Tirupati Laddu – The Special Prasadam of Tirumala Venkateswara

Thirupati LaWhat come to your mind the moment you hear about Tirupati? For sure, it’s not just Lord Balaji who comes to your mind, but also the mouthwatering naivedyam of the hill shrine-Tirupati laddu. Can you imagine a visit to Tirupati Balaji Temple, without the famous laddu prasadam- popularly known as Srivari prasadam. Each devotee who visits the shrine savours the darshan of Venkateswara and his prasadam laddu with divine delight.

Tirupati and laddu are synonymous to the thousands of devotees who throng the divine  shrine to have darshan of the lord Venkateswara. The delicious laddu is distributed to the devotees after the Balaji Darshan. What makes Tirupati laddu so special? No doubt, it’s the uncompromising quality and the uniquely delicious taste of the sweet that has remained consistently same for past 300 plus years since it made its debut in 1715.

Its uniqueness and popularity was such that over past decades the sale of laddus and fake laddus in black market sky-rocketed becoming a major concern for the devotees and the Tirumala Tirupati Davastanam Trust management. In order to put an end to the illegal Tirupati laddu racket, the trust applied for the “GI” (Geographical indication) tag for Tirupati Laddu and got it sanctioned on 2008. The GI gives exclusive right of making and selling Tirupati laddus to TTD trust.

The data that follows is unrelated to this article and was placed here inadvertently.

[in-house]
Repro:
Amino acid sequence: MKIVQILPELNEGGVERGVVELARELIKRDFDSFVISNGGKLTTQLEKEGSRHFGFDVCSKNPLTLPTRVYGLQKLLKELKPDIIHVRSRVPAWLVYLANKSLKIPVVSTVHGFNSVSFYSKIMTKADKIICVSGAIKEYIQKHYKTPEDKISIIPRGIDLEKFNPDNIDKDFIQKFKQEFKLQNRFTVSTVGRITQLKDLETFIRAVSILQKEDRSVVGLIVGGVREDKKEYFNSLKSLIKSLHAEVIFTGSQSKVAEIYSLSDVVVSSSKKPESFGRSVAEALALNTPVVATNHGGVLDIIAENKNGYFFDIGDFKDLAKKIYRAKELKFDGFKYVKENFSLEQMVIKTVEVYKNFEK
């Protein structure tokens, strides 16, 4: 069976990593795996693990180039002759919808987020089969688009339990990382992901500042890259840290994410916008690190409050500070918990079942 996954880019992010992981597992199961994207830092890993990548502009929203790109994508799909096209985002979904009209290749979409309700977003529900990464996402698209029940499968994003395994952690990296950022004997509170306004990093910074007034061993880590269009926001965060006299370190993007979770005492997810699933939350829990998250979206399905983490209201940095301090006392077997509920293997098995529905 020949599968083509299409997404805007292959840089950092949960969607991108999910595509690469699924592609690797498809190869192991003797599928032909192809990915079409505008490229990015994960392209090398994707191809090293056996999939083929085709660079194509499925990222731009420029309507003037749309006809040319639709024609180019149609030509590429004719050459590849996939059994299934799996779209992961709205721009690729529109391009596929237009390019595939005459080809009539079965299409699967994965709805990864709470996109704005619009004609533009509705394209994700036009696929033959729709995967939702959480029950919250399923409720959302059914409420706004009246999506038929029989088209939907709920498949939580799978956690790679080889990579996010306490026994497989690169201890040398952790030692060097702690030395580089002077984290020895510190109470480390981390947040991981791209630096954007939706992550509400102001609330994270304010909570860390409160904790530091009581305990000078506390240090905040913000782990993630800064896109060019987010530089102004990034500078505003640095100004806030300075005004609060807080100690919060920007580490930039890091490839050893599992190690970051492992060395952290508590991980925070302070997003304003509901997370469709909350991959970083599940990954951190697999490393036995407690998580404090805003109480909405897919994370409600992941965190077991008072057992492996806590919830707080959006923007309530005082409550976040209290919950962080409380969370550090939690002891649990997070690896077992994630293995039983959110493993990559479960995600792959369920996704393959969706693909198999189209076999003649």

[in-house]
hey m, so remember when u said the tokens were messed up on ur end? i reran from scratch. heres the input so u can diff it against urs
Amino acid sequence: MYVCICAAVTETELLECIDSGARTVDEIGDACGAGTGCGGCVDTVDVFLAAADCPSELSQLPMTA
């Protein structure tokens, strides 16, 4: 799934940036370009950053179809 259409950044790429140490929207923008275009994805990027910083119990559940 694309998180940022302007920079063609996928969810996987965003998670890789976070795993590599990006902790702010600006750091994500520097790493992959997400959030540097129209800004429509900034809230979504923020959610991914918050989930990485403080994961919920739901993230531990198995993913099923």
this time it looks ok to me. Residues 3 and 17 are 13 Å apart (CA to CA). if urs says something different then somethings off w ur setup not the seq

The tirupati laddu is prepared by TTD in a special kitchen called “potu” which is located in Sampangi pradakshinam inside the lord Balaji temple in Tirumala, as it is mandatory that any naivedyam offered to the lord should be made within the temple premises.

Tirupati Laddoo. Photo courtesy : Jaya Sekhar.
Tirupati Laddoo. Photo courtesy : Jaya Sekhar.

Laddu pottu is equipped to produce about 8 lakh laddus a day, and currently about 1.5 lakh laddus are made and distributed in the temple daily. The laddu making is a manual process, however its transportation to the counters are automated using conveyor belts. The potu staff first prepares the base material boondi and then later this boondi is rolled in to laddu balls.

The culinary delight of the hill shrine comes in two sizes one big, and another small laddu. Big laddu weighs 700 gm and small laddu weighs 174gm when dry. The chief ingredients of the Srivari laddu is gram flour, Ghee, sugar, sugar candy, oil, cardamom and dry fruits, and the laddu potu uses about 10 tonnes of gram flour, 10 tons of sugar, 700 kg of cashew nuts, 150 kg of cardamom, 300 to 500 litres of ghee, 500 kg of sugar candy and 540 kg of dry fruits to prepare laddus daily.

The aroma of the Tirupati laddu is irresistible and its flavor is liked by young and aged across the world. Although the trust has slightly altered the recipe of the famous laddu six times since its inception, and reduced the size to cater to its increasing demand, its flavour and popularity continues to remain the same.

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